Native to the Bahamas, the Bahamian Pepper is a type of chili pepper that is commonly used as a seasoning. This pepper is rather small with a length of just over an inch. They vary in color, appearing in yellow, orange, green, and red with a glossy skin. Bahamians are usually round or oblong shaped. This species of pepper grows upright instead of in a downward hanging position. They have an exotic spicy flavor and are rather hot.
The Bahamian pepper is the major crop agriculturally on many of the Islands of the Bahamas. The peak months for growth are October and November; however, they are grown throughout the entire year. Growing the Bahamian peppers requires the use of a great amount of space. To avoid the chance of inbreeding, the pepper plants must be 600 feet or more away from other varieties of peppers. This isolation aids in maintaining the genetic purity of the peppers.
When preparing these peppers, individuals should practice cautionary measures to prevent irritation of the skin. Gloves should be used to avoid irritation of the hands. Although this type of pepper is not as pungent as others, it still causes an uncomfortable burning sensation. The irritation is easily transferred from the hands to other areas of the body, such as the eyes. When eaten, most individuals experience a tremendous amount of burning in the mouth, throat, and stomach. This occurs with the consumption of nearly all chili peppers.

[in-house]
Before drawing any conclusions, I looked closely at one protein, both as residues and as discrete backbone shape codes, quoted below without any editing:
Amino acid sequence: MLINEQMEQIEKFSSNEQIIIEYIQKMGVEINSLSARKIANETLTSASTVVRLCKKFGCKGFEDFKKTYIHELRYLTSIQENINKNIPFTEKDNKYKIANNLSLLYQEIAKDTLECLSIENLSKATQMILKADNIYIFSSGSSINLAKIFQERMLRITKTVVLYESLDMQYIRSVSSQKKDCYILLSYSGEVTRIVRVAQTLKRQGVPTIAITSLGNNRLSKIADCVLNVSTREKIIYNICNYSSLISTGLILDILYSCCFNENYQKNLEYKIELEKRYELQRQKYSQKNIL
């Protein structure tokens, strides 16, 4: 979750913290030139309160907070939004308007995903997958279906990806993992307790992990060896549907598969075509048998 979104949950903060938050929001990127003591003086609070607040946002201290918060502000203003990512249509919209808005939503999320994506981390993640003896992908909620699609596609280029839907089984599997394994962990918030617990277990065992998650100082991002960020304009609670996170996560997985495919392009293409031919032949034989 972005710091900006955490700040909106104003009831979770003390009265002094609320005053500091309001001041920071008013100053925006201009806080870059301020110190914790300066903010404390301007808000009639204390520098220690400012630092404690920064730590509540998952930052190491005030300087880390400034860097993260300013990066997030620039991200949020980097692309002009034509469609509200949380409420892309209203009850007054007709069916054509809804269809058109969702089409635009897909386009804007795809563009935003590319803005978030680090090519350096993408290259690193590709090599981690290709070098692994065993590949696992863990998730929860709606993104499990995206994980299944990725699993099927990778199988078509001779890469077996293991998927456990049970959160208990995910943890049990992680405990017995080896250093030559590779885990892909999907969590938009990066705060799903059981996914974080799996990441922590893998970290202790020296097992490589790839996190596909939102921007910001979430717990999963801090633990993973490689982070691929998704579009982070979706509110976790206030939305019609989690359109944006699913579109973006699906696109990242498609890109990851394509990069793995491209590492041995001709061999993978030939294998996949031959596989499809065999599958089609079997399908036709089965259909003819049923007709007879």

To treat the irritation that occurs with contact, persons can first try water. Water does not usually provide much relief. The chemical compound, Capsaicin, that causes the burning sensation, is not water soluble. Products, that work the best, have a high fat content. Those suffering with mouth, throat, and stomach irritation should drink milk or eat ice cream. Milk can also be used to wash irritated skin. Burning of the skin will also benefit from the use of vegetable oil, petroleum jelly, or baby shampoo. By exercising extreme care, any irritation of the skin can easily be avoided. In some rare cases, a few individuals have also experienced smothering, shortness of breath, coughing, and bronchial tube inflammation. All of the effects from contact usually subside within sixty minutes.
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